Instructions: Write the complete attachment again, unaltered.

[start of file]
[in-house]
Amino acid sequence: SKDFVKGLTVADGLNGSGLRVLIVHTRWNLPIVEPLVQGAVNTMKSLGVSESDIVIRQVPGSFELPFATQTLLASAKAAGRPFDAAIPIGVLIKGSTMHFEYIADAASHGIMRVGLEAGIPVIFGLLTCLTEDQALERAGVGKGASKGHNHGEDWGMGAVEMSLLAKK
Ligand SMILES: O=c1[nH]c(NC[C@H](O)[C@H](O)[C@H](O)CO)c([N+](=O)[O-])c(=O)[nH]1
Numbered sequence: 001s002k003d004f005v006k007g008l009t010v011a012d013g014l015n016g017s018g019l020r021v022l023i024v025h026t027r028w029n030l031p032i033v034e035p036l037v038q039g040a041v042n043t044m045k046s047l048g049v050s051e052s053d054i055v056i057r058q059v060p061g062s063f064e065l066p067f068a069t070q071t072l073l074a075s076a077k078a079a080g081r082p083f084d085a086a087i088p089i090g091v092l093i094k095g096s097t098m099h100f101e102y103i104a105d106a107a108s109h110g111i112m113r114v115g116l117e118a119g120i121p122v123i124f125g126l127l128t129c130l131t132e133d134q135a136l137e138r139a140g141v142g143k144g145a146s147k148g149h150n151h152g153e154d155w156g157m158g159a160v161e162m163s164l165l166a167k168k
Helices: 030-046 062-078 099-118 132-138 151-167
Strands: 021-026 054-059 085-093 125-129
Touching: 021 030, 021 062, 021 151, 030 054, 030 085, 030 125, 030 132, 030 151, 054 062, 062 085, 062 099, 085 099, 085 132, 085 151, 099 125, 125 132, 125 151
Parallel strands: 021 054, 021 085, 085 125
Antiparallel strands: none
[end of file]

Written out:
[in-house]
Amino acid sequence: SKDFVKGLTVADGLNGSGLRVLIVHTRWNLPIVEPLVQGAVNTMKSLGVSESDIVIRQVPGSFELPFATQTLLASAKAAGRPFDAAIPIGVLIKGSTMHFEYIADAASHGIMRVGLEAGIPVIFGLLTCLTEDQALERAGVGKGASKGHNHGEDWGMGAVEMSLLAKK
Ligand SMILES: O=c1[nH]c(NC[C@H](O)[C@H](O)[C@H](O)CO)c([N+](=O)[O-])c(=O)[nH]1
Numbered sequence: 001s002k003d004f005v006k007g008l009t010v011a012d013g014l015n016g017s018g019l020r021v022l023i024v025h026t027r028w029n030l031p032i033v034e035p036l037v038q039g040a041v042n043t044m045k046s047l048g049v050s051e052s053d054i055v056i057r058q059v060p061g062s063f064e065l066p067f068a069t070q071t072l073l074a075s076a077k078a079a080g081r082p083f084d085a086a087i088p089i090g091v092l093i094k095g096s097t098m099h100f101e102y103i104a105d106a107a108s109h110g111i112m113r114v115g116l117e118a119g120i121p122v123i124f125g126l127l128t129c130l131t132e133d134q135a136l137e138r139a140g141v142g143k144g145a146s147k148g149h150n151h152g153e154d155w156g157m158g159a160v161e162m163s164l165l166a167k168k
Helices: 030-046 062-078 099-118 132-138 151-167
Strands: 021-026 054-059 085-093 125-129
Touching: 021 030, 021 062, 021 151, 030 054, 030 085, 030 125, 030 132, 030 151, 054 062, 062 085, 062 099, 085 099, 085 132, 085 151, 099 125, 125 132, 125 151
Parallel strands: 021 054, 021 085, 085 125
Antiparallel strands: none